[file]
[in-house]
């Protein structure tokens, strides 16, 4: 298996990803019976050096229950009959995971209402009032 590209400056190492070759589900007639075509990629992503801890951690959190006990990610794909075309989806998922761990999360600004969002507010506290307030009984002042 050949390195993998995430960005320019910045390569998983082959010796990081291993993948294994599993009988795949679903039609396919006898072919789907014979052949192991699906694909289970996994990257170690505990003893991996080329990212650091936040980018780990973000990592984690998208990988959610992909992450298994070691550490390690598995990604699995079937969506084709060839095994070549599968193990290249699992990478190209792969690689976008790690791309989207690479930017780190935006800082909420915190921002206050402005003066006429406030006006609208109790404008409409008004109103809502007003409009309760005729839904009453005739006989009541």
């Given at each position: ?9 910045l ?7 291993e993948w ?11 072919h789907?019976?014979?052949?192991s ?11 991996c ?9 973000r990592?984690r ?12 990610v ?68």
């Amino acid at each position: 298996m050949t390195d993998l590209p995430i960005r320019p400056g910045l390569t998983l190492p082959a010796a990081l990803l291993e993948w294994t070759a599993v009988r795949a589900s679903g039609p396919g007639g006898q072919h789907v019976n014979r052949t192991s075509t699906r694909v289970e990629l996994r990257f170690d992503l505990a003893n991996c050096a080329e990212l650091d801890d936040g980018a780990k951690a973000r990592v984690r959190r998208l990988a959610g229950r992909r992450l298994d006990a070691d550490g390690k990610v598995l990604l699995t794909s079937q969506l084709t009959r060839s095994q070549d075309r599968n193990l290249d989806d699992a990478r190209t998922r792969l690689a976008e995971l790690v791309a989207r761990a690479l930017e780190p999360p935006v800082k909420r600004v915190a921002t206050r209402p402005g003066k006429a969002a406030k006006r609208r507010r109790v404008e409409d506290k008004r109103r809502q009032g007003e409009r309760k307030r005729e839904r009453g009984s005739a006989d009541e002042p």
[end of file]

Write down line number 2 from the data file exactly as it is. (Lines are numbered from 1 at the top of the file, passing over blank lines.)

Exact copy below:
């Protein structure tokens, strides 16, 4: 298996990803019976050096229950009959995971209402009032 590209400056190492070759589900007639075509990629992503801890951690959190006990990610794909075309989806998922761990999360600004969002507010506290307030009984002042 050949390195993998995430960005320019910045390569998983082959010796990081291993993948294994599993009988795949679903039609396919006898072919789907014979052949192991699906694909289970996994990257170690505990003893991996080329990212650091936040980018780990973000990592984690998208990988959610992909992450298994070691550490390690598995990604699995079937969506084709060839095994070549599968193990290249699992990478190209792969690689976008790690791309989207690479930017780190935006800082909420915190921002206050402005003066006429406030006006609208109790404008409409008004109103809502007003409009309760005729839904009453005739006989009541």